http://www.sidharvey.com/public/product.htm

The same goes for the evaporator, AND the pollen filter, there must be good air flow through the system for it to cool.

Now buying those cans of refrigerant from auto parts stores is risque!
One its often a cocktail and the contents is not pure. Furthermore there is often some air in the mix plus lots of oil and a sealant. So injecting that stuff into your system invites all sorts of issues that turn into curve balls that make the system act very strange. You often won't have a cat in hells chance of getting a success.

Nowadays the refrigerant charge is very important even a couple of ozs out can affect the way the system reactions, worse so on the later Sprinter models.

Now as with anything you need to baseline a system to get into the precision area of HVAC repairs. That means an accurate set of equipment to get the RIGHT amount of refrigerant charge into the system. From that point you can start diagnosing what is going on.

Frankly there are no short cuts to fixing A/C systems, the result is often short lived success!
In the world of MV repairs a customer will get very angry if there is an A/C comeback.
So it has to be precise A/C repairs every time to justify my bull like repair bill to some!
Dennis

Dougflas
09-13-2013, 08:33 PM
25" of vacuum may be correct for Colorado but 29+" is required for locations at sea level. To the original poster....your system holds 1 lb 14oz of R134a full charge. Evacuationg for one hour means nothing. To do the job correctly, you should have a micron guage connected. Most AC shops do not use this. (it's sad). With no micron guage, over night evacuations are safer. Then put in the correct amount with the PROPER proceedures. Now you have eliminated the most common mobile AC problem...incorrect charge. If your system still does not operate correctly, troubleshoot from this point.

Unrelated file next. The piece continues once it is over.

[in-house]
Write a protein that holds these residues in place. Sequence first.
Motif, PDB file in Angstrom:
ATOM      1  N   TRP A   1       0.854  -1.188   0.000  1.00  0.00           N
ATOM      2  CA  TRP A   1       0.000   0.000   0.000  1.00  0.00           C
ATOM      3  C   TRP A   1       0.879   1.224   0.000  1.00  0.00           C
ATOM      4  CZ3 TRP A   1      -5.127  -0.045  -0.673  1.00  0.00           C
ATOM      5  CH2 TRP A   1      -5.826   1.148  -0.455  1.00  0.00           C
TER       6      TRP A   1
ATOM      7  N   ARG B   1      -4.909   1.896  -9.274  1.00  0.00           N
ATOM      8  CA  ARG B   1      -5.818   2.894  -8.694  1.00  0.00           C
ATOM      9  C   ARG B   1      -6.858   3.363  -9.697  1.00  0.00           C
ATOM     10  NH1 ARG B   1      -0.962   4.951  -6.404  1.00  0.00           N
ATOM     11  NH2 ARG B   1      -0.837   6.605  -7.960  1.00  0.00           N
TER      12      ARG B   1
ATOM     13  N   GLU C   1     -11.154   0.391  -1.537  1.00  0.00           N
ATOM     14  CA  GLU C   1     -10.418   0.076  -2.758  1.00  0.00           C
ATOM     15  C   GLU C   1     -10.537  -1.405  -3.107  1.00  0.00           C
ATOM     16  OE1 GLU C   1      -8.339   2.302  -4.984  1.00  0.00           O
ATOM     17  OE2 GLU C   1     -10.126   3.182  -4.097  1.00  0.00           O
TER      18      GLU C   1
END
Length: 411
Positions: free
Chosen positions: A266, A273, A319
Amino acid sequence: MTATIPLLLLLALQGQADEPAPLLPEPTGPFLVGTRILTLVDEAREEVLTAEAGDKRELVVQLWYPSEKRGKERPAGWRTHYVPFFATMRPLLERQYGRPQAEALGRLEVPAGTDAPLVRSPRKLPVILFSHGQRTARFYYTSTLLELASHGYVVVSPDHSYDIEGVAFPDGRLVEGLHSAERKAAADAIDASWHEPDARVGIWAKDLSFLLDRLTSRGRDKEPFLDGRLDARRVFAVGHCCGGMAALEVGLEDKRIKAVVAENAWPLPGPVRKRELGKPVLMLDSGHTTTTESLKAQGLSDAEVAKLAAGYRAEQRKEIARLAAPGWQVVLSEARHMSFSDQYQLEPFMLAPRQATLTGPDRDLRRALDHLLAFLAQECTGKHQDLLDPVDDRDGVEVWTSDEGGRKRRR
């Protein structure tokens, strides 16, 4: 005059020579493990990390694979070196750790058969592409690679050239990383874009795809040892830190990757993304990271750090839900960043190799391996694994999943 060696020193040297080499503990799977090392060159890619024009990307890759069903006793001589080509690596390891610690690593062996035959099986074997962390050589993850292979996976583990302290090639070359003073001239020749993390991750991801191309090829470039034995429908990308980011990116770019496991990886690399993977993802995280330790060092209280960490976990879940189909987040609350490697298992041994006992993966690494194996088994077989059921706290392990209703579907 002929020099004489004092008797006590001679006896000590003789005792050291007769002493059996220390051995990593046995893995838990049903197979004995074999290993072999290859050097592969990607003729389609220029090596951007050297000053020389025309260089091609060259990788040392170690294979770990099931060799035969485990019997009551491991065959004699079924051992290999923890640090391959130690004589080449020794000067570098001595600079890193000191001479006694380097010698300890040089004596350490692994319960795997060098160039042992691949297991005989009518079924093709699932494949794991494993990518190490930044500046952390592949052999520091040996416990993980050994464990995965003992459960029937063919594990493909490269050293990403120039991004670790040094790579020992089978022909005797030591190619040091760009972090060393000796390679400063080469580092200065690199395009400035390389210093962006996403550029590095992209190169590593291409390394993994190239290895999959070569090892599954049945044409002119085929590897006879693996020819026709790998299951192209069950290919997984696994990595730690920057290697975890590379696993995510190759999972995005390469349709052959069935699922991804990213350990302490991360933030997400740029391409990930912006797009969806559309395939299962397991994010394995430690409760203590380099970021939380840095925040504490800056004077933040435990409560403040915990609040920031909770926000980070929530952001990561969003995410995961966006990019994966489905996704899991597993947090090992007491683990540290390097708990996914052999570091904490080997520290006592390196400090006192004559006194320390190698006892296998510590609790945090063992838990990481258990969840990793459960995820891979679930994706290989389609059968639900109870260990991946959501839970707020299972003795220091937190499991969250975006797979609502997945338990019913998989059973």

lindenengineering
09-14-2013, 05:02 AM
Basically I mention "around 25" of HG because some folk do have older vacuum machines and such at their disposal.

Yes older machines would just about develop 25" at 6500" above sea level.

Most of us now have the later machines that have greater capture and recovery abilities and drawn systems down very quickly to 29" HG, even at our altitude.

As for overnight evacuations these activities often have to take the high road in the light of customer expediency. Most customers want a quick turn around and fix which dictates the practices conducted in most shops.

In any case as you quite rightly mention the majority of faults are caused by insufficient refrigerant charge or someone has pumped too much into the system.
Dennis

Dougflas
09-15-2013, 11:08 AM
Yes Dennis, I agree that clients want the job done quickly and most shops can not spend the needed time to evacuate properly. Pulling to 29Hg means nothing. There is still moisture in the system. The only way to eliminate this is thru the use of a micron guage. Shops would be amazed how long it takes to evacuate to 500 microns if they were to use a micron guage.

Aqua Puttana
09-15-2013, 01:08 PM
...Shops would be amazed how long it takes to evacuate to 500 microns if they were to use a micron guage.
I worked with chillers used to liquify chlorine gas. It took more than low vacuum alone to evacuate a system. Some sweeps with dry nitrogen would be used to remove the moisture. In the case of those large systems I believe the N2 use was necessary because of the amount of moisture and probably some other reasons, although it did speed up the time.

N2 isn't that expensive if you are looking to decrease the time needed to dry the system. That said, it may be a common practice. I am not that familiar with smaller system recovery/evacuation. vic